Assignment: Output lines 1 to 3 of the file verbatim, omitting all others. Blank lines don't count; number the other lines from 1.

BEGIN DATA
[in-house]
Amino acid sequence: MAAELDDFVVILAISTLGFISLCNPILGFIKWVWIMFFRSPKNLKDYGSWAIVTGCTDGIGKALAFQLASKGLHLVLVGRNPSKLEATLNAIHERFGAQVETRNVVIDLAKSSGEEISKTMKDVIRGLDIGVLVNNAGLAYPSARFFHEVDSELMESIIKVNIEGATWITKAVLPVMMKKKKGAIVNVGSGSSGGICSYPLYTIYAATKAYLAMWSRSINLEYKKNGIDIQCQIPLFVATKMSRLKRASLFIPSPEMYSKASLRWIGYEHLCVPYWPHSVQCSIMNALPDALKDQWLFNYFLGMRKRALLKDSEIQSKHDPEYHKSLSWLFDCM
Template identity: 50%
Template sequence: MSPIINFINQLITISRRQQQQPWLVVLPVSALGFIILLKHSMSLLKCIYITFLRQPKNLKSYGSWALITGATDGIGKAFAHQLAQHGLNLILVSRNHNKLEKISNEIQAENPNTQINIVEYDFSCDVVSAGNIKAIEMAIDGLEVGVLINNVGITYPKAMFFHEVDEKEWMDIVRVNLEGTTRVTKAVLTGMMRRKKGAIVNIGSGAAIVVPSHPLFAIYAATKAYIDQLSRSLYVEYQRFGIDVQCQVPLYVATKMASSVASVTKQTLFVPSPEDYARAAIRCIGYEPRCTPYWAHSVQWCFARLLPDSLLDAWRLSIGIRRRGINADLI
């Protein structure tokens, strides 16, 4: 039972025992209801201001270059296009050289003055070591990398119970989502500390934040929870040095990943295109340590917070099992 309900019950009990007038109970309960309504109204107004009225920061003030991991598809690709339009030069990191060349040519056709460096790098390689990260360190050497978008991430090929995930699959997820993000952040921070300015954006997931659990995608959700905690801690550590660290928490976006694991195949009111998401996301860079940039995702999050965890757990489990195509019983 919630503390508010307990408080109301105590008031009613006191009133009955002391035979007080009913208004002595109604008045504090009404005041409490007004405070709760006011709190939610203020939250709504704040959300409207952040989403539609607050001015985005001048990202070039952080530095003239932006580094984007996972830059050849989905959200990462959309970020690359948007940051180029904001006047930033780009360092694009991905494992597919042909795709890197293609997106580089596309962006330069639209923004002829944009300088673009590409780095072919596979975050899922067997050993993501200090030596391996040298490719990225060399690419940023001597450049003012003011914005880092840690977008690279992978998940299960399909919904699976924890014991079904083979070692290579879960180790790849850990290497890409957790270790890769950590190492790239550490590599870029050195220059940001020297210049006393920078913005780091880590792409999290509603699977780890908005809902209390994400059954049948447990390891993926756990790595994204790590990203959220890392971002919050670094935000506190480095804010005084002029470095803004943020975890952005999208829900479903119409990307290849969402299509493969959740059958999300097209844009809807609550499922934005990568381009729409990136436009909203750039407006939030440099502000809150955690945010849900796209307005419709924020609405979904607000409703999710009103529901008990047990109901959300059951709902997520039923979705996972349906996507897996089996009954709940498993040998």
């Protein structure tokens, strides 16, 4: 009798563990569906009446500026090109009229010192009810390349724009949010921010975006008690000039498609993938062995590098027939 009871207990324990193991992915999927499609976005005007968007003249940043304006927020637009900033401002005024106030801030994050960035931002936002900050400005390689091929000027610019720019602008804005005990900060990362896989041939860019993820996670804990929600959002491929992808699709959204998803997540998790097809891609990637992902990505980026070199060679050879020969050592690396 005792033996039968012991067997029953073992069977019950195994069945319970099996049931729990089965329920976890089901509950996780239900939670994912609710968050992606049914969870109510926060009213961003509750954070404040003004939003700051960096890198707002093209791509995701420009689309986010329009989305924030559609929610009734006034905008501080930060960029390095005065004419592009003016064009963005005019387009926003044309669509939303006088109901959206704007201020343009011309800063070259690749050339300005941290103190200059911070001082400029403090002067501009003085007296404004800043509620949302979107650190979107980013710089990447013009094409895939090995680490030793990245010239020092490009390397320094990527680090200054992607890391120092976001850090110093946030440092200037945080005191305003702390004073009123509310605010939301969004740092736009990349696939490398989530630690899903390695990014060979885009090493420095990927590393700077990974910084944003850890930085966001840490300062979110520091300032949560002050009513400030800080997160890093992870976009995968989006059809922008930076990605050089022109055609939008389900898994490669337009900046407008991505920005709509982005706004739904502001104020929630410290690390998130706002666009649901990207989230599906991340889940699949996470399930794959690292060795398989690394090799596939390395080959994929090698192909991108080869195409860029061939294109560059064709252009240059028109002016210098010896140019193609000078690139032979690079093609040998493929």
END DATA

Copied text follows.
[in-house]
Amino acid sequence: MAAELDDFVVILAISTLGFISLCNPILGFIKWVWIMFFRSPKNLKDYGSWAIVTGCTDGIGKALAFQLASKGLHLVLVGRNPSKLEATLNAIHERFGAQVETRNVVIDLAKSSGEEISKTMKDVIRGLDIGVLVNNAGLAYPSARFFHEVDSELMESIIKVNIEGATWITKAVLPVMMKKKKGAIVNVGSGSSGGICSYPLYTIYAATKAYLAMWSRSINLEYKKNGIDIQCQIPLFVATKMSRLKRASLFIPSPEMYSKASLRWIGYEHLCVPYWPHSVQCSIMNALPDALKDQWLFNYFLGMRKRALLKDSEIQSKHDPEYHKSLSWLFDCM
Template identity: 50%